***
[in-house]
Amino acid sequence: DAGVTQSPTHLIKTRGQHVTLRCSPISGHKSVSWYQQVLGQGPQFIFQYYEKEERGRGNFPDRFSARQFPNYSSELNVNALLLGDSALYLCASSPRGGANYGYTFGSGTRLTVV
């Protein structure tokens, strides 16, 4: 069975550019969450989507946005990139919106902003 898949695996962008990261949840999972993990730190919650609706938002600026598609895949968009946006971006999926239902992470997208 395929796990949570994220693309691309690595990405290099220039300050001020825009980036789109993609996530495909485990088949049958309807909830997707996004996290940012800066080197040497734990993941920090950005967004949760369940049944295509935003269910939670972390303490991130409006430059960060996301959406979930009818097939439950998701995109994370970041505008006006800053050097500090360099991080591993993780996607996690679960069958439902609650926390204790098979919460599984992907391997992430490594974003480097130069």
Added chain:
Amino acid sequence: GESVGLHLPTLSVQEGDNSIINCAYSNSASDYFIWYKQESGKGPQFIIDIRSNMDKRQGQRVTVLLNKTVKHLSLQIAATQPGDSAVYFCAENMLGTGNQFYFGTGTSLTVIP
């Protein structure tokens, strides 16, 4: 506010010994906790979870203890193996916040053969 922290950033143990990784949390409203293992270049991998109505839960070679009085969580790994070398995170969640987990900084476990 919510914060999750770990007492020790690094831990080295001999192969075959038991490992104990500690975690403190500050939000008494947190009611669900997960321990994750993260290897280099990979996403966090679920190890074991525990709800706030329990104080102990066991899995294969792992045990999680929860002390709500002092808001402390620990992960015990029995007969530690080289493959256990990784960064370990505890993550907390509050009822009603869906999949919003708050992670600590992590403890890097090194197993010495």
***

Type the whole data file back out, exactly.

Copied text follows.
[in-house]
Amino acid sequence: DAGVTQSPTHLIKTRGQHVTLRCSPISGHKSVSWYQQVLGQGPQFIFQYYEKEERGRGNFPDRFSARQFPNYSSELNVNALLLGDSALYLCASSPRGGANYGYTFGSGTRLTVV
């Protein structure tokens, strides 16, 4: 069975550019969450989507946005990139919106902003 898949695996962008990261949840999972993990730190919650609706938002600026598609895949968009946006971006999926239902992470997208 395929796990949570994220693309691309690595990405290099220039300050001020825009980036789109993609996530495909485990088949049958309807909830997707996004996290940012800066080197040497734990993941920090950005967004949760369940049944295509935003269910939670972390303490991130409006430059960060996301959406979930009818097939439950998701995109994370970041505008006006800053050097500090360099991080591993993780996607996690679960069958439902609650926390204790098979919460599984992907391997992430490594974003480097130069």
Added chain:
Amino acid sequence: GESVGLHLPTLSVQEGDNSIINCAYSNSASDYFIWYKQESGKGPQFIIDIRSNMDKRQGQRVTVLLNKTVKHLSLQIAATQPGDSAVYFCAENMLGTGNQFYFGTGTSLTVIP
């Protein structure tokens, strides 16, 4: 506010010994906790979870203890193996916040053969 922290950033143990990784949390409203293992270049991998109505839960070679009085969580790994070398995170969640987990900084476990 919510914060999750770990007492020790690094831990080295001999192969075959038991490992104990500690975690403190500050939000008494947190009611669900997960321990994750993260290897280099990979996403966090679920190890074991525990709800706030329990104080102990066991899995294969792992045990999680929860002390709500002092808001402390620990992960015990029995007969530690080289493959256990990784960064370990505890993550907390509050009822009603869906999949919003708050992670600590992590403890890097090194197993010495």